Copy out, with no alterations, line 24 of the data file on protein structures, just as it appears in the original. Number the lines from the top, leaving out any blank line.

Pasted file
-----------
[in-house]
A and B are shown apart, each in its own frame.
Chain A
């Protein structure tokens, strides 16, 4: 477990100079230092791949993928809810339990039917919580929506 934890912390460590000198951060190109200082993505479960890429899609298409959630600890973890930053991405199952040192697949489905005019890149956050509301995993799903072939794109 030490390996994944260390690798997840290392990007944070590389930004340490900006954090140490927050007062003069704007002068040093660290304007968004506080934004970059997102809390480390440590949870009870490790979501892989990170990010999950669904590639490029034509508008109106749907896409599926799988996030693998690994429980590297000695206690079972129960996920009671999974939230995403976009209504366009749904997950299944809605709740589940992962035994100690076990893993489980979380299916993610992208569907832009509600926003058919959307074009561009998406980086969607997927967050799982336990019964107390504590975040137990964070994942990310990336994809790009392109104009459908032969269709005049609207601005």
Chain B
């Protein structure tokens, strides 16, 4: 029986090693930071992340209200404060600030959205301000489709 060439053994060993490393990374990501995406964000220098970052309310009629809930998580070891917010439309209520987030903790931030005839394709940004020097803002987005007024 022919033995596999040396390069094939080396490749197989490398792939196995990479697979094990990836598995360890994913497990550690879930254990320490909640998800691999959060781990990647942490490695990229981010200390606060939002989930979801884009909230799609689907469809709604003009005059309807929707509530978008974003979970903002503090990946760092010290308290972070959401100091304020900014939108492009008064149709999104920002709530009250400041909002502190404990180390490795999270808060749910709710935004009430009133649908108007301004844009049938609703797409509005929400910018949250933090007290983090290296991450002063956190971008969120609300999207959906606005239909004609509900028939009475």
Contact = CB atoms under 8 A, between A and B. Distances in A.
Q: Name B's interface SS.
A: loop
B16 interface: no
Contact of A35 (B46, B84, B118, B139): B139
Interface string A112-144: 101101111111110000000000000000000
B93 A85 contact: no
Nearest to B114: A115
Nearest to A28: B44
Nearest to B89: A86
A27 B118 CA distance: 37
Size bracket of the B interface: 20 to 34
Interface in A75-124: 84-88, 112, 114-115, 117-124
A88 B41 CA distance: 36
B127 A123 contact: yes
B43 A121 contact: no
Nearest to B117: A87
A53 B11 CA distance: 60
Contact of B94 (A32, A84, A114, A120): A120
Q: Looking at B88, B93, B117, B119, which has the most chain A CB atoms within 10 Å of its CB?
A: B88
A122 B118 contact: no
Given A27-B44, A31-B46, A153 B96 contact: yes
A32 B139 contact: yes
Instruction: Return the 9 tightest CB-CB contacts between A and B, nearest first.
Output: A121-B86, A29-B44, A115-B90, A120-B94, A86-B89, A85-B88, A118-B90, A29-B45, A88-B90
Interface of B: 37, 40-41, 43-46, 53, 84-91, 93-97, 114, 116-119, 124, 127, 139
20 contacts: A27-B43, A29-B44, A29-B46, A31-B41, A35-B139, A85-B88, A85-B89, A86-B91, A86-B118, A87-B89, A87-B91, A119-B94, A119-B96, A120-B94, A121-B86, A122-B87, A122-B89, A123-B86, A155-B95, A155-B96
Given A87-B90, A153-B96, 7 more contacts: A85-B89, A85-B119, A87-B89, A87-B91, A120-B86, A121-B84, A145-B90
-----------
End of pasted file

A53 B11 CA distance: 60